I do like a good…

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A Twitter thread by @radicalhag

I do like a good Venn diagram, so I thought I’d do some on smashing the binary, seeing as how I’m trying to read my first ever French post-structuralist author.

This is what our natural, prediscursive state looks like. (Hint – we’re divided into two sex classes, like all the other mammals). Males may have obtained some power by dint of being bigger and able to exercise force. We don’t really know how patriarchy got going.

This is what the post-structuralists call ‘the binary’. (I’d prefer to call it a polarisation of power or something, because binary has very specific meanings in maths and science, but let’s go with it.) It builds up *on top of* a natural difference.

What it means is that power aggregates around one pole, which is where the defining happens, and is denied to the other pole, which is defined only as ‘not’ the powerful pole, i.e. it is negatively defined. Women are no more than a sexual and reproductive resource for men.

This leads to the sort of opposites described very well here https://t.co/pBunCwK8Uc
In every case there is a dominance hierarchy, through which social power, language and the right of naming are controlled.

Initially this is maintained through force, but successful oppression always involves naturalising the oppressed status of the lesser pole. This is done by creating and maintaining cultural norms which uphold the binary and make it seem natural. (the squiggles are the norms).

So suitable dress, behaviour, interests, aptitudes etc for men and women become treated as the natural order of things. Men are strong, decisive, beardybros. Women love frills. Frilly people are not allowed to be men. Most importantly, women start to believe this shit.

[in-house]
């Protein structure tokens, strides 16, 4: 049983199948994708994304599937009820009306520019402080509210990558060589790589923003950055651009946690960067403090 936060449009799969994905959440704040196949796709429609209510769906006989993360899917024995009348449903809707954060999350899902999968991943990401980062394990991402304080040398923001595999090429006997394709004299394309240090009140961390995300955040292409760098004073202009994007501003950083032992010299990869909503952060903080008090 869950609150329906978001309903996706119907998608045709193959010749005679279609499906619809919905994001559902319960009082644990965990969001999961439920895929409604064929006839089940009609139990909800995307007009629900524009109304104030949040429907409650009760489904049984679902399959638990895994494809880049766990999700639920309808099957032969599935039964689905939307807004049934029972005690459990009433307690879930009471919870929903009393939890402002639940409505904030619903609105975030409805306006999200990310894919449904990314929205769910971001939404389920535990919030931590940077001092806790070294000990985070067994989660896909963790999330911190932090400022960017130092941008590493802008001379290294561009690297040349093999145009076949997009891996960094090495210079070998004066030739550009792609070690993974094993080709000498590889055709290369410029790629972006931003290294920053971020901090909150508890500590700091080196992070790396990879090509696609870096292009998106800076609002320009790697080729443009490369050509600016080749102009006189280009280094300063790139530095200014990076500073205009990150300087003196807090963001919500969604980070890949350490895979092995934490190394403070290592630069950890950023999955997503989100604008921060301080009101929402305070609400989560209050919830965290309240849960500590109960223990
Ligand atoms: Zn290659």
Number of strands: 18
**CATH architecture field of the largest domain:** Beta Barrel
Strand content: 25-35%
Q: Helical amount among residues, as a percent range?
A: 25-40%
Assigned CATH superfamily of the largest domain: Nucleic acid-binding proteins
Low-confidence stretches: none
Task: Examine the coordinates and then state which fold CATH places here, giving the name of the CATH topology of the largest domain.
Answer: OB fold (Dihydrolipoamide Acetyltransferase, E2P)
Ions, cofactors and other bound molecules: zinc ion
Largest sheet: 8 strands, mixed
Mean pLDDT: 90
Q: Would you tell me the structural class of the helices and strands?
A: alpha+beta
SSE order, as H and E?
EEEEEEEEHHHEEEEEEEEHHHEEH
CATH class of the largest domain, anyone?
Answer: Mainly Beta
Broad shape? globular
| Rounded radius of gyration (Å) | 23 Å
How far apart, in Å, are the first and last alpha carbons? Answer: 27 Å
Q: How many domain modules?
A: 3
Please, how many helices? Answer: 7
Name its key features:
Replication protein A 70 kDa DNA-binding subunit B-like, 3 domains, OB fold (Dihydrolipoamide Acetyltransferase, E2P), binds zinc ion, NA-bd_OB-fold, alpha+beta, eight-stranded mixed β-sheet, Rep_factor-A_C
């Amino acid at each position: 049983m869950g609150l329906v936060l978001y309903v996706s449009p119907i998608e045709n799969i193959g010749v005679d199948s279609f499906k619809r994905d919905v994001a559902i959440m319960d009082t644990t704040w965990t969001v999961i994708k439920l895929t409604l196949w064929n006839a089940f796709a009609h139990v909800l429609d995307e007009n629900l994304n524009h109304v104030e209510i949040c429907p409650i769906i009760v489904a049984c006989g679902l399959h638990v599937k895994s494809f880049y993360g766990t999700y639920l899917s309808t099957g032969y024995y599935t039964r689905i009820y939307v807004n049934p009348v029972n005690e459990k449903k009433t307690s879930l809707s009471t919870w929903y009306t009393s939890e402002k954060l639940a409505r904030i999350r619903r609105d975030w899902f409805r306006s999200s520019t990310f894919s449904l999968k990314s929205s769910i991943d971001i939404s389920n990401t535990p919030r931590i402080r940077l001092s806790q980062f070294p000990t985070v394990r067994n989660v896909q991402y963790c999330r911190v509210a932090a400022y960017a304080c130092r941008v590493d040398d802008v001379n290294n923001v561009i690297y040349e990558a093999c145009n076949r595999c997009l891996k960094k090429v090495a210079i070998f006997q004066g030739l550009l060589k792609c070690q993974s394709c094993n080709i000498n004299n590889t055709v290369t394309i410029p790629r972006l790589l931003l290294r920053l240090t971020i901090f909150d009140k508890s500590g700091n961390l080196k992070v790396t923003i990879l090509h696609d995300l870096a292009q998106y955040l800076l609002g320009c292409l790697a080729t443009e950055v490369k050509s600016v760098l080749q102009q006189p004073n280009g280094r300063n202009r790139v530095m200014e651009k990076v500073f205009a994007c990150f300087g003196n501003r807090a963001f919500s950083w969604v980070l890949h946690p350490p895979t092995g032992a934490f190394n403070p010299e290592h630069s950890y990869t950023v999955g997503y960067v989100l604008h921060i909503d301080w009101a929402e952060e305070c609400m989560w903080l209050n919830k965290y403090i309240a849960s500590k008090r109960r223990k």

And so the ‘other’ status of women becomes the norm, although the specific cultural patterns may change with place and time. Woman becomes a dumping ground for all those not permitted to be Real Men. Women’s bodies remain a resource for men, but are increasingly unmentionable.

All this is treated as innate, natural, the will of god (or evolution). As @Huttoneer says, in this model, a woman is someone with any body and a female personality.

In the extreme case, as we see in hyperpatriarchal ideologies like transgenderism, the female body is completely erased and the collection of gendered stereotypes *is* the woman.

Any ideology (like queer theory/transgenderism) which upholds socially constructed stereotypes of this nature, and treats them as innate, is upholding the binary – that should be fairly obvious, as much as trans ideologues try to argue their way out of it.

They nevertheless claim (vociferously) to be ‘smashing the binary’. Well, if you’re smashing the binary, you’re smashing this:

And once you’ve smashed it, what you’re left with is a non-hierarchical relationship between two natural categories of person, neither of whom use violence or coercion to control the other.

Man and woman are then neutral descriptors for sex classes, not the repositories of a pile of sexist fantasies about what men and women are ‘supposed to be’.

Again quoting @Huttoneer, in this model a woman is someone with a female body and any personality.

Importantly, in the latter case, women can self-define, construct our own social networks, modes of learning, ways of relating. This is the polar opposite of men telling us what a woman is, or claiming that their identification with a stereotype makes them one of us.

Queer theory is innately sexist. It is incompatible with, and antagonistic toward, feminism. It’s not accidental that it is the Trojan Horse for the latest epidemic of misogyny. Time to boot it out of feminism.

Hope that helps.

Addendum: here is Cockshott’s analysis of sex as prior to gender and language – good read.